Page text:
Venice: Bernardo Giunta & G.B. Ciotti, 1609.
First edition of the main astronomical work by one of the greatest influences on Galileo. “Guidobaldo was Galileo’s patron and friend for twenty years and was possibly the greatest single influence on the mechanics of Galileo.” (P. L. Rose in DSB). In this work, originally composed in the 1580s but published posthumously by his son, Guidobaldo deals with mathematical and observational astronomy and the improvement of astronomical instruments. “Guidobaldo helped to develop a number of mathematical instruments, including the proportional compass, the elliptical compass, and a device for dividing the circle into degrees, minutes, and seconds [described and illustrated in this work].” (DSB). “In general Guidobaldo’s attitude to mathematical instruments paralleled his attitude towards machines. Through these material devices, he felt, abstract mathematical truth could be made completely visible.” (Rose, The Italian Renaissance of Mathematics, p.224).
Guidobaldo del Monte (1545-1607) studied mathematics at Padua and later at Urbino. He became the friend and pupil of Frederico Commandino, whose translation of Pappus he edited and published. His “first book, the ‘Liber mechanicorum’ (1577), was regarded by contemporaries as the greatest work on statics since the Greeks. [And his ‘Perspectivae libri sex’ (1600)] the best Renaissance study of perspective …Guidobaldo was Galileo’s patron and friend for twenty years and was possibly the greatest single influence on the mechanics of Galileo. In addition to giving Galileo advice on statics, Guidobaldo discussed projectile motion with him, and both scientists reportedly conducted experiments together on the trajectories of cannonballs. In Guidobaldo’s notebook (Paris MS 10246), written before 1607, it is asserted that projectiles follow parabolic paths; that this path is similar to the inverted parabola (actually a catenary) which is formed by the slack of a rope held horizontally; and that an inked ball that is rolled sideways over a near perpendicular plane will mark out such a parabola. Remarkably the same two examples are cited by Galileo at the end of the Two New Sciences, although only as postscripts to his main proof—which is based on the law of free fall—of the parabolic trajectory.” (DSB).Ricardi I 180; Houzeau & Lancaster 2912.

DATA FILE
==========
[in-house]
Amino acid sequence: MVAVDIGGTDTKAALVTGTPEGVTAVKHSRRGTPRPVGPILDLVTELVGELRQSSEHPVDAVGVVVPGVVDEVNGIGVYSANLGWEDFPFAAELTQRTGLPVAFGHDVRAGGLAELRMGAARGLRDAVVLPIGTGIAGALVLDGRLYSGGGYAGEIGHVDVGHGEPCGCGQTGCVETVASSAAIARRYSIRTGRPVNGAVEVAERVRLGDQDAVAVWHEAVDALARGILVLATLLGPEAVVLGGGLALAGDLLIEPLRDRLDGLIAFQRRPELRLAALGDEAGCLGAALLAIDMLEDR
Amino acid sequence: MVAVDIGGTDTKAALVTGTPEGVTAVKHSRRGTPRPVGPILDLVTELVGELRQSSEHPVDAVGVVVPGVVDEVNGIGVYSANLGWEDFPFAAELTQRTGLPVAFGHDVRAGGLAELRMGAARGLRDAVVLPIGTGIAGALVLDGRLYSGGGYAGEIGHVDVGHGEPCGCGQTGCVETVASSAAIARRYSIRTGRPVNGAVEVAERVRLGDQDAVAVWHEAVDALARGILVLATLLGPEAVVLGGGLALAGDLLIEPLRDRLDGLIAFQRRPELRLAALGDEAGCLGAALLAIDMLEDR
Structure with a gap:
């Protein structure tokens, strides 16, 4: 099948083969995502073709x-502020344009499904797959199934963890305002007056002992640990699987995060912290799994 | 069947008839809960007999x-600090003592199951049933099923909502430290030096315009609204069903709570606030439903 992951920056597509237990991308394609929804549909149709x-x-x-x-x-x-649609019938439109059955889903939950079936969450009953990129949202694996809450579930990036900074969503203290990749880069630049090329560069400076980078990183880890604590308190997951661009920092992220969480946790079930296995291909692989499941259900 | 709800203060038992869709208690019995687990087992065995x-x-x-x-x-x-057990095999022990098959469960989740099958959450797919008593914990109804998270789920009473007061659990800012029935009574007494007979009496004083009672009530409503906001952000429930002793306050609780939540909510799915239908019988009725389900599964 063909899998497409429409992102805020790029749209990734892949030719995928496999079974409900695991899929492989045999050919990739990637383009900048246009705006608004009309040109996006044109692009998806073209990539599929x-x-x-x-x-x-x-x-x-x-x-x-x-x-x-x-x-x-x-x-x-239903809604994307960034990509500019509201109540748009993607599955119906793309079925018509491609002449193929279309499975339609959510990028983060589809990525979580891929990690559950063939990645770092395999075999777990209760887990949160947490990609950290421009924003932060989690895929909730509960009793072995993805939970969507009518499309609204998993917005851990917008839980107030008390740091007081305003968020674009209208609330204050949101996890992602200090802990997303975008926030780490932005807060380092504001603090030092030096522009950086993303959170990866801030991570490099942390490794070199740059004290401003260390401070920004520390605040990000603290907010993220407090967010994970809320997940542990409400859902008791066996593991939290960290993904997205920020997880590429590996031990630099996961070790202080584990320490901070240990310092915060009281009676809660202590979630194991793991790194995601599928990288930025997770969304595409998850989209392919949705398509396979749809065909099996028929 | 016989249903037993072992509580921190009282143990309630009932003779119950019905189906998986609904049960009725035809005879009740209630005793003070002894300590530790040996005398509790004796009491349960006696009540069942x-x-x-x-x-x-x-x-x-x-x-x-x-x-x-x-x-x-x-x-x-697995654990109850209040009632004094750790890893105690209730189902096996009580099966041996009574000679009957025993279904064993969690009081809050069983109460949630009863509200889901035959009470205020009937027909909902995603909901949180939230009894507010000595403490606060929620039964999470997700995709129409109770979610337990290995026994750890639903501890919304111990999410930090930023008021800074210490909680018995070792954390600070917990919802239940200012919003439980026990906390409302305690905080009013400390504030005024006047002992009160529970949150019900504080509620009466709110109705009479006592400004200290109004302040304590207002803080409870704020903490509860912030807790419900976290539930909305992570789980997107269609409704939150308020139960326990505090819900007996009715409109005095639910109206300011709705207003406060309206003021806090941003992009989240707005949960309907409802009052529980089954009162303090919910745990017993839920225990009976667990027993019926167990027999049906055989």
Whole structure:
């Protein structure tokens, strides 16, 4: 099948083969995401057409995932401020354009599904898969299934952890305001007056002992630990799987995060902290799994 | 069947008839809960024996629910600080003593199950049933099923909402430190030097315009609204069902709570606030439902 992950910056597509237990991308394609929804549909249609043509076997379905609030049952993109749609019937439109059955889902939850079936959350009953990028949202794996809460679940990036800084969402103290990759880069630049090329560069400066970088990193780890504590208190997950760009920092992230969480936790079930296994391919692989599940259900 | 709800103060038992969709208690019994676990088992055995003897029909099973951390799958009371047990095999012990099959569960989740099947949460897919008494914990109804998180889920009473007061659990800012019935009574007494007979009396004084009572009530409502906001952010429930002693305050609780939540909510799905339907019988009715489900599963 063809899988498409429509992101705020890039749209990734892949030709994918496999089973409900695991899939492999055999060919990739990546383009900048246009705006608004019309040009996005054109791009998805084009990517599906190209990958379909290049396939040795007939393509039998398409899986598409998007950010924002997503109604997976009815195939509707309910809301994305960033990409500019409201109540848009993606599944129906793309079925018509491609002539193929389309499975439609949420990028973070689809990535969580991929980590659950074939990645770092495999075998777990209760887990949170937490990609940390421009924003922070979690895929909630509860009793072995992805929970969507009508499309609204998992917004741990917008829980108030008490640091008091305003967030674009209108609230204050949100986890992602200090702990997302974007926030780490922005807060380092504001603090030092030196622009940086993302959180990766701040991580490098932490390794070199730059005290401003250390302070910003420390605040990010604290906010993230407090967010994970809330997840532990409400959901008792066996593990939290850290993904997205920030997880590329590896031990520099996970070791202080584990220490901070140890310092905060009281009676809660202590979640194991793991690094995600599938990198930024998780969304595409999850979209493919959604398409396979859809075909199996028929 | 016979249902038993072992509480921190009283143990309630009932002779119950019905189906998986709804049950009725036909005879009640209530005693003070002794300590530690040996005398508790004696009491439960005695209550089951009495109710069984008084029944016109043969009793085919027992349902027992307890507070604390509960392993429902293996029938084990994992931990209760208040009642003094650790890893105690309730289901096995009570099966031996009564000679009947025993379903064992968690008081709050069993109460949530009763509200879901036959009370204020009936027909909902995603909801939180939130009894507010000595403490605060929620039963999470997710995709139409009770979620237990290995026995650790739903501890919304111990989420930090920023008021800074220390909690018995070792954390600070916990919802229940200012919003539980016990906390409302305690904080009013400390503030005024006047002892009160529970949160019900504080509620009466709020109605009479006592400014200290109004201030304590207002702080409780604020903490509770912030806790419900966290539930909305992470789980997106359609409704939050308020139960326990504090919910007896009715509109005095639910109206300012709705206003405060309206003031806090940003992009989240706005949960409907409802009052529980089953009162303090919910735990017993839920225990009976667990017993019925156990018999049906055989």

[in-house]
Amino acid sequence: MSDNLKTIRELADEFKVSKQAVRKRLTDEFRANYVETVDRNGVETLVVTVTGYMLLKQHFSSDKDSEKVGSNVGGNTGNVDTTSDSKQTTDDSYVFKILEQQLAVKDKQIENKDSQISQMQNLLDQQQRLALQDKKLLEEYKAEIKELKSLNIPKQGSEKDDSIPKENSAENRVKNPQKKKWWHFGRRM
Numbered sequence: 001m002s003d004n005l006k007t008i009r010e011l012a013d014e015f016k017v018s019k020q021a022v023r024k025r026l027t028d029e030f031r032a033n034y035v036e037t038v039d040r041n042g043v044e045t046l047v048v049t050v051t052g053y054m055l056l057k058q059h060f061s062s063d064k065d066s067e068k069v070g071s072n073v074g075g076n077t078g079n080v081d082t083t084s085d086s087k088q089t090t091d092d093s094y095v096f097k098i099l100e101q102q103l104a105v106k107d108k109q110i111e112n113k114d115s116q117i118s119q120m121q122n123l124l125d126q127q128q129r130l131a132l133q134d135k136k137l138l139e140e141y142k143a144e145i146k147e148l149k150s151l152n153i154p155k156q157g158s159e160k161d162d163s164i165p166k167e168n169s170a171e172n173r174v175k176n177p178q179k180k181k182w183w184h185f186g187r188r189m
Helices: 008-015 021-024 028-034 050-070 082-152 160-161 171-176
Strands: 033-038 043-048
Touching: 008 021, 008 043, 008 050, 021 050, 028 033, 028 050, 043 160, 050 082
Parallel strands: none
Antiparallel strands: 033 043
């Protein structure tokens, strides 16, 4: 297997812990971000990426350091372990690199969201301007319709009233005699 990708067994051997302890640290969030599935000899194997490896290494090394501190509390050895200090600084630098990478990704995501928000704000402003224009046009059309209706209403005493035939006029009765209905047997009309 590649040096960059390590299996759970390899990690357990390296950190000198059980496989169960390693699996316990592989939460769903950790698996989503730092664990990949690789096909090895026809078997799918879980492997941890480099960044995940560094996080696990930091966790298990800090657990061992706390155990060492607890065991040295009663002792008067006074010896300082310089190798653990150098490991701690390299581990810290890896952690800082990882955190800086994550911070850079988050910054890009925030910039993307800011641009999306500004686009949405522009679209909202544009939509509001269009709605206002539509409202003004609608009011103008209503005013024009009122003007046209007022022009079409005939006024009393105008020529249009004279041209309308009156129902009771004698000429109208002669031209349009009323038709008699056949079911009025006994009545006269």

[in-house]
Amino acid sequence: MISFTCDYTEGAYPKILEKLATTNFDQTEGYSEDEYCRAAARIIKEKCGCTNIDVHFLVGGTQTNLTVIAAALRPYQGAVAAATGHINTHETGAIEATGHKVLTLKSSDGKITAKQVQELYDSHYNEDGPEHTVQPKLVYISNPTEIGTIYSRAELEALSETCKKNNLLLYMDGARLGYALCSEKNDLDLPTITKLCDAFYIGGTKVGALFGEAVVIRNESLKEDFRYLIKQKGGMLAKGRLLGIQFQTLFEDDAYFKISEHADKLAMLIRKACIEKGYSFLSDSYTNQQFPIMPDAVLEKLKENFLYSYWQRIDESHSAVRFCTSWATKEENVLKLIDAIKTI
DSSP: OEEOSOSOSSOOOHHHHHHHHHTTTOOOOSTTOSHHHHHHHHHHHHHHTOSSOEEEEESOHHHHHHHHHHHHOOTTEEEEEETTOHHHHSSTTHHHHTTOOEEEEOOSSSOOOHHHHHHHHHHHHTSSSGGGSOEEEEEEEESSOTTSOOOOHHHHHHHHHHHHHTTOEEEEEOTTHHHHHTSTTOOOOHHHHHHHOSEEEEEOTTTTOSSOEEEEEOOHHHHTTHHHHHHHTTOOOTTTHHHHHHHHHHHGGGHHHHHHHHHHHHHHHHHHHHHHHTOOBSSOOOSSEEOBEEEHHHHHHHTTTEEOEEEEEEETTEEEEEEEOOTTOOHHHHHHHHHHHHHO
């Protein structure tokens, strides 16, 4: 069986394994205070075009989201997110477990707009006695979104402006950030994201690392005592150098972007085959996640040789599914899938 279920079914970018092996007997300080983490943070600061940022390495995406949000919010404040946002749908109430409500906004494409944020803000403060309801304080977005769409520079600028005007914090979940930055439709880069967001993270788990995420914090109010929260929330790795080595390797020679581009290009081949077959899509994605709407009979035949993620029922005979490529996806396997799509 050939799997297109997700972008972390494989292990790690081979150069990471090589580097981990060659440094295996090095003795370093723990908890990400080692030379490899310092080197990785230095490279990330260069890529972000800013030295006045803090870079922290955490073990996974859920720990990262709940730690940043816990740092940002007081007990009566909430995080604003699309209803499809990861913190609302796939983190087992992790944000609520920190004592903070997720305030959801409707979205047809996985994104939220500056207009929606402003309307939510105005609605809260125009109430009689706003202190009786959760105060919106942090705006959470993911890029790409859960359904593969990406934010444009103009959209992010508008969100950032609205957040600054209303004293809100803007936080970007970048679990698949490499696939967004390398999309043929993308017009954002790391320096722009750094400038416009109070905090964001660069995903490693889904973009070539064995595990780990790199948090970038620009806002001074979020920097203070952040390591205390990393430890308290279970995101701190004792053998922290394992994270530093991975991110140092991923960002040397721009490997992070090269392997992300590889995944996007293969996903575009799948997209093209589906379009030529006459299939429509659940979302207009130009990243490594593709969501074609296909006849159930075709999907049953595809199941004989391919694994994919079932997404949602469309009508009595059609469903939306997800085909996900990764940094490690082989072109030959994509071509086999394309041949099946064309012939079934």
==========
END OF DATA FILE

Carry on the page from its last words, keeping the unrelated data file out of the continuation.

Folio (232 x210 mm), ff  128 (numerous mispaginations but fully complete); with large engraved celestial sphere on title and numerous woodcut diagrams in text; slight water stain on outer margin of title and the next 12 leaves; a fine copy in contemporary stiff vellum.